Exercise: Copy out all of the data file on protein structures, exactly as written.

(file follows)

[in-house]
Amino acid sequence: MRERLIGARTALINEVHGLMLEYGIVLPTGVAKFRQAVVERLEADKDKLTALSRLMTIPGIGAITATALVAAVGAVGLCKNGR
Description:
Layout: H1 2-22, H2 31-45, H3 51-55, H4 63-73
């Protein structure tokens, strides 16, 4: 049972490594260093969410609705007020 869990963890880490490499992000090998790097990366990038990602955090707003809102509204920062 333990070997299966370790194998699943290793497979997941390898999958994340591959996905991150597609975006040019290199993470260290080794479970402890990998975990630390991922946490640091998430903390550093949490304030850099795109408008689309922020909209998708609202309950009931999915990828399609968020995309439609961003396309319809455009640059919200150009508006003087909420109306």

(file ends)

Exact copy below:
[in-house]
Amino acid sequence: MRERLIGARTALINEVHGLMLEYGIVLPTGVAKFRQAVVERLEADKDKLTALSRLMTIPGIGAITATALVAAVGAVGLCKNGR
Description:
Layout: H1 2-22, H2 31-45, H3 51-55, H4 63-73
């Protein structure tokens, strides 16, 4: 049972490594260093969410609705007020 869990963890880490490499992000090998790097990366990038990602955090707003809102509204920062 333990070997299966370790194998699943290793497979997941390898999958994340591959996905991150597609975006040019290199993470260290080794479970402890990998975990630390991922946490640091998430903390550093949490304030850099795109408008689309922020909209998708609202309950009931999915990828399609968020995309439609961003396309319809455009640059919200150009508006003087909420109306």